There are about 30 total games on PC that support DualSense haptics and/or adaptive triggers. Most of them are PlayStation ports like Marvel’s Spider-Man Remastered and the aforementioned Returnal. In all other PC games, the DualSense works like a regular controller with no special features. Although, it’s a pretty comfortable one.
If you’re playing a game without DualSense support, you can play wirelessly and not lose anything. However, you should stick to wired input for DualSense-supporting games. We would love to see Sony unlock the DualSense experience over Bluetooth for PCs. In the meantime, the third-party DualSenseX software can make the controller more useful on Windows, but it takes a lot of tinkering to get it working correctly.
Ryan Whitwam / Foundry
Should you buy a Sony DualSense?
The DualSense is a very impressive gamepad, marrying hardware and software to enable more immersive gameplay. As a piece of hardware, the DualSense is far superior to the current Xbox offerings. It’s more comfortable, the buttons feel better, and features like adaptive triggers are revolutionary. Sony’s precise, immersive haptics are on a different level compared to other controllers, which just rumble at varying intensities. It’s like comparing iPhone haptics to any other phone—there is no comparison.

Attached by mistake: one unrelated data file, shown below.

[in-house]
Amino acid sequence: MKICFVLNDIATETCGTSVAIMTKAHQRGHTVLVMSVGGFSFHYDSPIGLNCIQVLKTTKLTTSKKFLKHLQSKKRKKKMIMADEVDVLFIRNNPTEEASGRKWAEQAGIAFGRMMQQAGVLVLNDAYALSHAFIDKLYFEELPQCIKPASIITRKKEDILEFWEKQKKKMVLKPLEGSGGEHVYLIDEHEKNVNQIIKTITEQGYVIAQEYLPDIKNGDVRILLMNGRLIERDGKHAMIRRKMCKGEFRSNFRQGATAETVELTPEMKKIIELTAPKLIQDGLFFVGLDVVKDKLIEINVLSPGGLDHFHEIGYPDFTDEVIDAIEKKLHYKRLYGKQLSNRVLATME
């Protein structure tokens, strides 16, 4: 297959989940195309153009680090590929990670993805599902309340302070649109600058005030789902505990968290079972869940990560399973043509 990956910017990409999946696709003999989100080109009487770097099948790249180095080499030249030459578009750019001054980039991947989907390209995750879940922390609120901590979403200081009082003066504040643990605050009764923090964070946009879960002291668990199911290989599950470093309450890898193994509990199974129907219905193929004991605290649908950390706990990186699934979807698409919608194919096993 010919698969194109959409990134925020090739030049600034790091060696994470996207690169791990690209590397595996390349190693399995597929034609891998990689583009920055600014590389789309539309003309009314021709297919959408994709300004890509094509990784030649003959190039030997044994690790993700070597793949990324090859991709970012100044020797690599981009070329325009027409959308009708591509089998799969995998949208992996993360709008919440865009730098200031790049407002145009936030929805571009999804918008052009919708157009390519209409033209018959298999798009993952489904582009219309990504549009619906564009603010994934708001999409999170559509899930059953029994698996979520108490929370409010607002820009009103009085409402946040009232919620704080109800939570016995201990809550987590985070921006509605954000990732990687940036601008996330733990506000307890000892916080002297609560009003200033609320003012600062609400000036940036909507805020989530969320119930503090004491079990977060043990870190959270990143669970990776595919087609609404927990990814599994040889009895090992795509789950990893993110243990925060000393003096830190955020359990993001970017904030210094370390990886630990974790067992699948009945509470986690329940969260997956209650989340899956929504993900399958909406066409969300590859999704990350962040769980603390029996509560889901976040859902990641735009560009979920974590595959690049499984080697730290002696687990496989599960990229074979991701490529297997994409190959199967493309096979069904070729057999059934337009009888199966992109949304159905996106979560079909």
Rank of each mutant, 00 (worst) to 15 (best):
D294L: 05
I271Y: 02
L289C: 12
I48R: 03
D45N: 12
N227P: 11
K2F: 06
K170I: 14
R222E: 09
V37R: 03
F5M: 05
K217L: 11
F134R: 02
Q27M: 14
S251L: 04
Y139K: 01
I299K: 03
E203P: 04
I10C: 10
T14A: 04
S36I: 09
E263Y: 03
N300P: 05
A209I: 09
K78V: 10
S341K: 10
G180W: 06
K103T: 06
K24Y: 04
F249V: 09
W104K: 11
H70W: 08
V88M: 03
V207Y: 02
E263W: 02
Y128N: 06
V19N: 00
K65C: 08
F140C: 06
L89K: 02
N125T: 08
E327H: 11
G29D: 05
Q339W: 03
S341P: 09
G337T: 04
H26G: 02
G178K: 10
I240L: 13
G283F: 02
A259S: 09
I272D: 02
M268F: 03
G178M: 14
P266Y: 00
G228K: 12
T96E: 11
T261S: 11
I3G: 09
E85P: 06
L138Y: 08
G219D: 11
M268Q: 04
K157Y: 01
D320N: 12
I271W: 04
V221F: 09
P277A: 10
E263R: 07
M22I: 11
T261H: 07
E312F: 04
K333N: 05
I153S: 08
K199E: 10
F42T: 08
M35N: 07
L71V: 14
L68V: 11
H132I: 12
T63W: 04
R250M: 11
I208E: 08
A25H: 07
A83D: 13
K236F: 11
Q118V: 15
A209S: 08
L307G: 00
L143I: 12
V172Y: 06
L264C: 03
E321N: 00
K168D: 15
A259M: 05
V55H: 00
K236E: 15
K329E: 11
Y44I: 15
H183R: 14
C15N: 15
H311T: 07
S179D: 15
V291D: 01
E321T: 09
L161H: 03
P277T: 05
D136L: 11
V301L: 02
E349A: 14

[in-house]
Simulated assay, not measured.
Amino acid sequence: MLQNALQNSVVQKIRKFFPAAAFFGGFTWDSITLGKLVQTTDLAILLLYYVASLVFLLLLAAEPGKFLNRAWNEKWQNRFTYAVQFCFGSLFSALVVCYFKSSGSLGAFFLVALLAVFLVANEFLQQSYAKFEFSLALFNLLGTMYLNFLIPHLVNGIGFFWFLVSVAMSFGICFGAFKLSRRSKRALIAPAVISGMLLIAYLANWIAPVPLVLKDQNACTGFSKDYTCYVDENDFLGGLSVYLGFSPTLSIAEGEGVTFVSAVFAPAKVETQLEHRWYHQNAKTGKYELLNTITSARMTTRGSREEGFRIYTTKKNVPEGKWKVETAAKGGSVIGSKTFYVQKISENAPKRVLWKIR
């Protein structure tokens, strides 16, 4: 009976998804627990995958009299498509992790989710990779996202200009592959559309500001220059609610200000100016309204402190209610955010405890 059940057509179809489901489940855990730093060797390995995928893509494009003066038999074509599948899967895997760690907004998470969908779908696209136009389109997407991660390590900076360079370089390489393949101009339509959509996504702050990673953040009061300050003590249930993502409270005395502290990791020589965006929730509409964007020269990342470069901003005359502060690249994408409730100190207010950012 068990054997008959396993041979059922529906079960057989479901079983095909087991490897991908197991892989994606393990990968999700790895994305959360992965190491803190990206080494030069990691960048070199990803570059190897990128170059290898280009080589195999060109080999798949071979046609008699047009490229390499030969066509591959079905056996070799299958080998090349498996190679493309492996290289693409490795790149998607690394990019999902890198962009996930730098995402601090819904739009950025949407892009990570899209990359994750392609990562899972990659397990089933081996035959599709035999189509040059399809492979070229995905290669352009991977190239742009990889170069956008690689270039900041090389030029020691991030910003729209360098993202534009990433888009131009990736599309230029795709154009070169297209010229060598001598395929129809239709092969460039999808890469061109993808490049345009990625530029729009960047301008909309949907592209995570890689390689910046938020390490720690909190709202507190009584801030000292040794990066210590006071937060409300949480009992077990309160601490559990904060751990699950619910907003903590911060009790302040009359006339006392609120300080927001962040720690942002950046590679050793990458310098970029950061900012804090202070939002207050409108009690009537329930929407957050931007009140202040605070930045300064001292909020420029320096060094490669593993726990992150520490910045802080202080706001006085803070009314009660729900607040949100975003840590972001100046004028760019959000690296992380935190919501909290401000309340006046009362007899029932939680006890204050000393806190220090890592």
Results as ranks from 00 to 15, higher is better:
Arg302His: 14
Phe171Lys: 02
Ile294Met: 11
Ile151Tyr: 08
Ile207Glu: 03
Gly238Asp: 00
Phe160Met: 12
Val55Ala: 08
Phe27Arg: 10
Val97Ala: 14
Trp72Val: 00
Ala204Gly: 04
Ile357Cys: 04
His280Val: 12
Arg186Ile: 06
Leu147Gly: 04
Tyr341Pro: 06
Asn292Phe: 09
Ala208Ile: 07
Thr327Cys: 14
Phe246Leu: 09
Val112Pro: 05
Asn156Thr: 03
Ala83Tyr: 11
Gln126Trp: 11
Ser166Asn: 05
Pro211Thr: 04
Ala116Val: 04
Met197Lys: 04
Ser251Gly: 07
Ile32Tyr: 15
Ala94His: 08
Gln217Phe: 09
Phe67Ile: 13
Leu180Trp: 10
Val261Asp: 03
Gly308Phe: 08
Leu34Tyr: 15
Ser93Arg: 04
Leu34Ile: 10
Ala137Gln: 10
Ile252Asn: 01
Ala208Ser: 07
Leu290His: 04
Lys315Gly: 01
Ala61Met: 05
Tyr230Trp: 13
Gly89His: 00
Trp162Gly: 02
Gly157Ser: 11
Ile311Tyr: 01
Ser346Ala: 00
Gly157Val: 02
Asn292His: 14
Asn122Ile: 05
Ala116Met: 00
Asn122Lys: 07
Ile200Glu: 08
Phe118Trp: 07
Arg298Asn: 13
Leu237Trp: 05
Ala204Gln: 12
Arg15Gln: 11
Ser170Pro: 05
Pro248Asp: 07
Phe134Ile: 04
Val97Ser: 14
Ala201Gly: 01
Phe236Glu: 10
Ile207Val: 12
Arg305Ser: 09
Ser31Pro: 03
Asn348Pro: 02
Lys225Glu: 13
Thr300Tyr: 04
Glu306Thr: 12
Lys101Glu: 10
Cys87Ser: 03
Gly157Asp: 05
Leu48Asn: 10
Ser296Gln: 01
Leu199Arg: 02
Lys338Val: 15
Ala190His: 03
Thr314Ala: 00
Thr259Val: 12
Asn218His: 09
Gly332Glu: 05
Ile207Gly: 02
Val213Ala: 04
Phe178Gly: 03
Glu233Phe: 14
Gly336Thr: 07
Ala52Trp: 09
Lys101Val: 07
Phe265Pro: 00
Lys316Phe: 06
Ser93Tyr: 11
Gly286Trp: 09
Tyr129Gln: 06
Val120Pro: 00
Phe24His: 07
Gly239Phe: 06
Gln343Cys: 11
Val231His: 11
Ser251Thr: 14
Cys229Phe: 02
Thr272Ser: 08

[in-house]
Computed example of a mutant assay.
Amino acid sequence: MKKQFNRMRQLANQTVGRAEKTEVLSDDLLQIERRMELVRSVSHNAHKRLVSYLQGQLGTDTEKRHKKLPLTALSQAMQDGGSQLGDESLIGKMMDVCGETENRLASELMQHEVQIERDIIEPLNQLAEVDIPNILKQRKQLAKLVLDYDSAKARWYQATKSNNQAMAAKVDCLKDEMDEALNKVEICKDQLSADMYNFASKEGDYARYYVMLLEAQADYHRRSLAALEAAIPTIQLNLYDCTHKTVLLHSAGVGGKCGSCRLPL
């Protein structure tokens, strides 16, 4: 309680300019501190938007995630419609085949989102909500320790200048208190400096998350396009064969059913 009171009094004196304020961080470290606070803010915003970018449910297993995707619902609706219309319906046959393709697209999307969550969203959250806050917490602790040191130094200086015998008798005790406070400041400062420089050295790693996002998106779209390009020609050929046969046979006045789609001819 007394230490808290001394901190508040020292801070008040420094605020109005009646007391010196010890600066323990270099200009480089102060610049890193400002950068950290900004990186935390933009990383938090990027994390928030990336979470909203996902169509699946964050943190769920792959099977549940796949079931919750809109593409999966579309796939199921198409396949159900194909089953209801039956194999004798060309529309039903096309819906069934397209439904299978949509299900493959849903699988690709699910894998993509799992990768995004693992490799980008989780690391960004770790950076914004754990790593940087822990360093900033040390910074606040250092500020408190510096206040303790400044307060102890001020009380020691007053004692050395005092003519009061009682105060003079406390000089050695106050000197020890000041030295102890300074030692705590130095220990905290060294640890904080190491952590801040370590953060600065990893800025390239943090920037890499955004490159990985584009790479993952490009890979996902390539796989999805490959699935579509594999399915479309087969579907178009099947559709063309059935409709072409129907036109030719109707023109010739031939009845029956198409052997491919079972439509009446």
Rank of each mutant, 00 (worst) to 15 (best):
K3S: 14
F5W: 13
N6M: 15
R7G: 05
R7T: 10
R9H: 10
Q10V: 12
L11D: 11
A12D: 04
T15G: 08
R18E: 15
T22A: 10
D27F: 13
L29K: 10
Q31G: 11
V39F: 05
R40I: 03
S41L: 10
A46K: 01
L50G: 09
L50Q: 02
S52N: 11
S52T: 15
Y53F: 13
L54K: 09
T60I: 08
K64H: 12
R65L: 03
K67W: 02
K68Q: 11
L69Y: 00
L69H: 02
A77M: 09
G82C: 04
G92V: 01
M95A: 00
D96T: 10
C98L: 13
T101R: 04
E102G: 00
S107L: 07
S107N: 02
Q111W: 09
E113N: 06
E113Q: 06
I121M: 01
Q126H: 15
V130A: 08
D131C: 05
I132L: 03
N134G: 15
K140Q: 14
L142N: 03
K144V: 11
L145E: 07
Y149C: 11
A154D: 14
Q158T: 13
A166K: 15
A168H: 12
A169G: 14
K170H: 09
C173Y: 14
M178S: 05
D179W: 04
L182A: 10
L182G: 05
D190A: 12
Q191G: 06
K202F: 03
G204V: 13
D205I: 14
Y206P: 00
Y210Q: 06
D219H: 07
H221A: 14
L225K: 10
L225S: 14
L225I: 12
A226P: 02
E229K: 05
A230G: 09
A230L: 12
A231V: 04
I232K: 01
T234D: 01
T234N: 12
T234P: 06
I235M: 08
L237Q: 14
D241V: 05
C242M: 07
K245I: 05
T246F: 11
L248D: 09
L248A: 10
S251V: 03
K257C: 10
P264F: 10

We like that Sony’s controller comes with a built-in rechargeable battery, but the battery life could be better. At about eight hours per charge, you’d do well to pick up a charging dock so you don’t forget to juice up the gamepad when you’re not playing. You’ll also need to provide your own USB-C cable, as the controller doesn’t come with one.
However, you’ll only get the best experience on the PlayStation 5. Only a handful of PC games support the controller’s advanced features, and they all require a wired connection. Over Bluetooth, the DualSense is just a generic controller. The Sony DualSense is the premium controller that PC gamers deserve. But sadly, the support isn’t there yet.